Betrayed by many conservatives colleagues in last week’s abortive coup d’etat , President Mikhail S. Gorbachev found Friday that liberals are also deserting him.
Eduard A. Shevardnadze and Alexander N. Yakovlev, the two men closest to Gorbachev in the first years of perestroika , declined the president’s nomination to serve on a newly constituted national security council. Moscow’s radical mayor, Gavriil Popov, also refused.
And Askar Akayev, the president of the Soviet Central Asian republic of Kirghizia, who was asked by Gorbachev to become his vice president, is uncertain whether to accept the nomination, the newspaper Izvestia reported Friday.
The snubs by Shevardnadze, Yakovlev and Popov dramatized Gorbachev’s diminished political stature and his isolation from the liberals and radicals who defeated the putsch. It was further proof, as Russian lawmakers had bluntly told the Soviet president last week, that he needs the radicals but that they do not need him.
The refusal by Shevardnadze and Yakovlev also reflected the doubts voiced widely among former Gorbachev aides about the president’s political judgment in allying himself with the conservatives through much of last year and in appointing to key positions in the government, Communist Party and his own staff so many men who turned out to be traitors.
Even Vadim V. Bakatin, named by Gorbachev after the coup to head the KGB, described the president Friday as “both the victim and the perpetrator of the coup in a sense.”
“Gorbachev is guilty of being too trusting, too kind to people, who later betray him,” said Bakatin, who has remained with the president after being ousted as interior minister last December but feels free now to criticize him.
Shevardnadze told Izvestia that Gorbachev had approached him Thursday to join the reconstituted security council, which he said would be an “authoritative body,” but that he and the president first had to reach some basic understandings on where the country is headed as well as on the council’s powers and Shevardnadze’s own role.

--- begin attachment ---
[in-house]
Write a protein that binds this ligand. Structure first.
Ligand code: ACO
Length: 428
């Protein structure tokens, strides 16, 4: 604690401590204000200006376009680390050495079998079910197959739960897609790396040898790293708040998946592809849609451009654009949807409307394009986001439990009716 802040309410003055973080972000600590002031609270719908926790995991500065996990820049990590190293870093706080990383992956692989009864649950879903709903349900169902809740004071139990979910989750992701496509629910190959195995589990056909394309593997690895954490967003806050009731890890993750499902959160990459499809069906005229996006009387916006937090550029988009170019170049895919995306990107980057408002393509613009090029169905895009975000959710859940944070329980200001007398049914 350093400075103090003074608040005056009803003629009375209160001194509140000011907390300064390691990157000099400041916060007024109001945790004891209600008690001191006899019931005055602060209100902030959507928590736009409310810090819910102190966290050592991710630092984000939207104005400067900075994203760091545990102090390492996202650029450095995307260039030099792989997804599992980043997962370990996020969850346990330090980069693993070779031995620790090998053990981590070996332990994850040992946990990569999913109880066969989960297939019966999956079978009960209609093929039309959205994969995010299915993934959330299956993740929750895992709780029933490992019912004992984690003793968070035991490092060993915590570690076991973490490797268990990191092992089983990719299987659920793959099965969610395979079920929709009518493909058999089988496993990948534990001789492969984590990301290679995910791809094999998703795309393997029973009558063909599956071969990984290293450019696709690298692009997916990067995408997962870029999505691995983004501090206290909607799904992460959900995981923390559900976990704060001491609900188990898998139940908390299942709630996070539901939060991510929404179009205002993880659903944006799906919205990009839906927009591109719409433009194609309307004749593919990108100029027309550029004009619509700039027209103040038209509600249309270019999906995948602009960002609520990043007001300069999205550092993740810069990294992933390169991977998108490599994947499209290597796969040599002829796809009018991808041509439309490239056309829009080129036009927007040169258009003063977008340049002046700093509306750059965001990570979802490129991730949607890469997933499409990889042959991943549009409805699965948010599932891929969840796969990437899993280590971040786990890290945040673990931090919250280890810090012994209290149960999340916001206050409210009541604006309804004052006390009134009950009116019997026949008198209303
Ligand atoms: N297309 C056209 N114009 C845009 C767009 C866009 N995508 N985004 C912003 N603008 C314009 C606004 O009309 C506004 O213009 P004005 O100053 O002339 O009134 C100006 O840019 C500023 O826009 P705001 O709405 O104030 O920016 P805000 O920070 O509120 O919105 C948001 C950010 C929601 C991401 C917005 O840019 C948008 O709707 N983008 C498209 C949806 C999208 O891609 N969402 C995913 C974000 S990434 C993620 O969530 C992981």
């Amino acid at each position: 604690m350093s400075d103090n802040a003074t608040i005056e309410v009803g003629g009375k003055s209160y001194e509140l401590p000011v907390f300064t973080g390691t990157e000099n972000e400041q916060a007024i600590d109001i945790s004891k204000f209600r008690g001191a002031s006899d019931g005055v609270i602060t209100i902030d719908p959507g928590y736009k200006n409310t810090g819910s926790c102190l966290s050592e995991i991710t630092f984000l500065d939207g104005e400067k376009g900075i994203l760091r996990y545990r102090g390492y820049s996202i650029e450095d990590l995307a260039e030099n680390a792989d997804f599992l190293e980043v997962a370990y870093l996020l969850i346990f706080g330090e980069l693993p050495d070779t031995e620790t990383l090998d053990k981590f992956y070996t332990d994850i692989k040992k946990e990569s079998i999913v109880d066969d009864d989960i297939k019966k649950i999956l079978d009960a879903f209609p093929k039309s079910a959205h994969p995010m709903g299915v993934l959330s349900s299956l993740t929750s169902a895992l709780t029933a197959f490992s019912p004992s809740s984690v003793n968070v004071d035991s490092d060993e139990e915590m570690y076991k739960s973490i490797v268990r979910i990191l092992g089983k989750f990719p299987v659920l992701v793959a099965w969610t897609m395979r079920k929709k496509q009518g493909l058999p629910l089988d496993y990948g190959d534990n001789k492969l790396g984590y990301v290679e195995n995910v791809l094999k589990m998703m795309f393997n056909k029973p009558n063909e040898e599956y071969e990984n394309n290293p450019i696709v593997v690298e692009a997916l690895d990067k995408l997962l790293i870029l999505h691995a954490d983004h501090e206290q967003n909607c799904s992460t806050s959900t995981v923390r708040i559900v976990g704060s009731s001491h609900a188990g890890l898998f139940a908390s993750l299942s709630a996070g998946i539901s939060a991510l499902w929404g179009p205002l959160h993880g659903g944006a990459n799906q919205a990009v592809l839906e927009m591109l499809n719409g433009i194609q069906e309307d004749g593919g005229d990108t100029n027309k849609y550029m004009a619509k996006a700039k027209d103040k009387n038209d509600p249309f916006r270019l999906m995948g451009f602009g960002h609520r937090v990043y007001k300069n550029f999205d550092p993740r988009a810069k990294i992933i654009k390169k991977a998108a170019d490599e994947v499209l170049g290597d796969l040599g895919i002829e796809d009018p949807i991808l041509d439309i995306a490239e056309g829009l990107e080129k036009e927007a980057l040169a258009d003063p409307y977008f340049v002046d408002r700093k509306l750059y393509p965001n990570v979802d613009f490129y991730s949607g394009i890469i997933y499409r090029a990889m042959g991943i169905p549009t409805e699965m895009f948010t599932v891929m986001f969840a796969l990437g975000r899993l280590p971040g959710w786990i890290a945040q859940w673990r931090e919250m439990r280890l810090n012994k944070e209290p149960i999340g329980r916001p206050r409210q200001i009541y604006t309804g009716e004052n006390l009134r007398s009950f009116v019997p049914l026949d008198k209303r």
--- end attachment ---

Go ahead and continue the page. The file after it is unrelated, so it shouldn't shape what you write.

To some Soviet commentators, the appointments of Shevardnadze, Yakovlev, Popov and Leningrad Mayor Anatoly A. Sobchak, another leading liberal, appeared to be an effort by Gorbachev to rebuild his support on the left--and thus little more than a tactical move by the president.
Shevardnadze said he and the president had not been able to meet as planned; the question was too serious, he said, to be discussed only by telephone. He was thus “surprised” when his name was included among the nominees--and asked that the Supreme Soviet not consider it.
The appointment might have been an expression of trust in him, Shevardnadze said, “but I should be asked what I think of my own future.”
Both Shevardnadze and Yakovlev had quit what was known here as “the president’s team"--Shevardnadze was foreign minister, Yakovlev the president’s senior adviser--with warnings that conservatives were plotting against him and planned to reverse his reforms and restore the Communist Party’s dictatorship.
This summer, they helped found the Democratic Reform Movement as a social democratic alternative to the Communist Party, then still led by Gorbachev, and made plain their loss of confidence in the president’s leadership.
During the coup, they had quickly joined Russian President Boris N. Yeltsin in rallying resistance to the junta, bridging the political gap between the liberals increasingly disenchanted with Gorbachev and the radicals supporting Yeltsin.
The new security council includes Yeltsin and the other leaders of the nine republics that had been committed to remaining in the Soviet Union; presidential assistants Grigory Revenko and Yevgeny M. Primakov; Bakatin; Sobchak, and Yuri Ryzhov, chairman of the Supreme Soviet’s defense committee.
The council’s responsibilities are broadly defined under a constitutional amendment adopted last year and include not only foreign policy and defense issues but also “economic security” and “defense of the constitution.”